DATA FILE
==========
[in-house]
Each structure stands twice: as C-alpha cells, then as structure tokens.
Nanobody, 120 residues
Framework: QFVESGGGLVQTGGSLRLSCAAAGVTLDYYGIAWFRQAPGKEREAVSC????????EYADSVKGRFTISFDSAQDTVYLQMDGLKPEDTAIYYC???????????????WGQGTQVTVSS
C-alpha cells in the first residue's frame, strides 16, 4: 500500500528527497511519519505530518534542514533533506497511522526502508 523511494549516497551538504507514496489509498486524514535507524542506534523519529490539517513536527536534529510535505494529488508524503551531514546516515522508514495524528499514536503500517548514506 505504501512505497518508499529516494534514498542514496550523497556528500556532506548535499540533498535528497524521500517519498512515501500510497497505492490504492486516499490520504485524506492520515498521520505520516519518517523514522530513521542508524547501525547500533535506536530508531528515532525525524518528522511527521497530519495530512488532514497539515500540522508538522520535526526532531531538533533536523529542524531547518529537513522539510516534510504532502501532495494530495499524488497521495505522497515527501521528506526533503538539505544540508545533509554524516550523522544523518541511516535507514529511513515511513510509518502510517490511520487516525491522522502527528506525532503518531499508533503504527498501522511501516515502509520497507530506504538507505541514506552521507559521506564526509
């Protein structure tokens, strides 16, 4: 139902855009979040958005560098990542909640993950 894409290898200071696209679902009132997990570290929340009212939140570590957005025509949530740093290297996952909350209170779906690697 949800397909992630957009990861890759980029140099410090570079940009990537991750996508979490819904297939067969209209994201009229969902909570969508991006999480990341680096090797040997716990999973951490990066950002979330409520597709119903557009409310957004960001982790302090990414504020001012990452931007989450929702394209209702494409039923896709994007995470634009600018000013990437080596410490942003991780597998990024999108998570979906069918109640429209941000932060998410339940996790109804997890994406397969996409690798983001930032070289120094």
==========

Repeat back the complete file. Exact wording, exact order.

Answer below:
[in-house]
Each structure stands twice: as C-alpha cells, then as structure tokens.
Nanobody, 120 residues
Framework: QFVESGGGLVQTGGSLRLSCAAAGVTLDYYGIAWFRQAPGKEREAVSC????????EYADSVKGRFTISFDSAQDTVYLQMDGLKPEDTAIYYC???????????????WGQGTQVTVSS
C-alpha cells in the first residue's frame, strides 16, 4: 500500500528527497511519519505530518534542514533533506497511522526502508 523511494549516497551538504507514496489509498486524514535507524542506534523519529490539517513536527536534529510535505494529488508524503551531514546516515522508514495524528499514536503500517548514506 505504501512505497518508499529516494534514498542514496550523497556528500556532506548535499540533498535528497524521500517519498512515501500510497497505492490504492486516499490520504485524506492520515498521520505520516519518517523514522530513521542508524547501525547500533535506536530508531528515532525525524518528522511527521497530519495530512488532514497539515500540522508538522520535526526532531531538533533536523529542524531547518529537513522539510516534510504532502501532495494530495499524488497521495505522497515527501521528506526533503538539505544540508545533509554524516550523522544523518541511516535507514529511513515511513510509518502510517490511520487516525491522522502527528506525532503518531499508533503504527498501522511501516515502509520497507530506504538507505541514506552521507559521506564526509
């Protein structure tokens, strides 16, 4: 139902855009979040958005560098990542909640993950 894409290898200071696209679902009132997990570290929340009212939140570590957005025509949530740093290297996952909350209170779906690697 949800397909992630957009990861890759980029140099410090570079940009990537991750996508979490819904297939067969209209994201009229969902909570969508991006999480990341680096090797040997716990999973951490990066950002979330409520597709119903557009409310957004960001982790302090990414504020001012990452931007989450929702394209209702494409039923896709994007995470634009600018000013990437080596410490942003991780597998990024999108998570979906069918109640429209941000932060998410339940996790109804997890994406397969996409690798983001930032070289120094």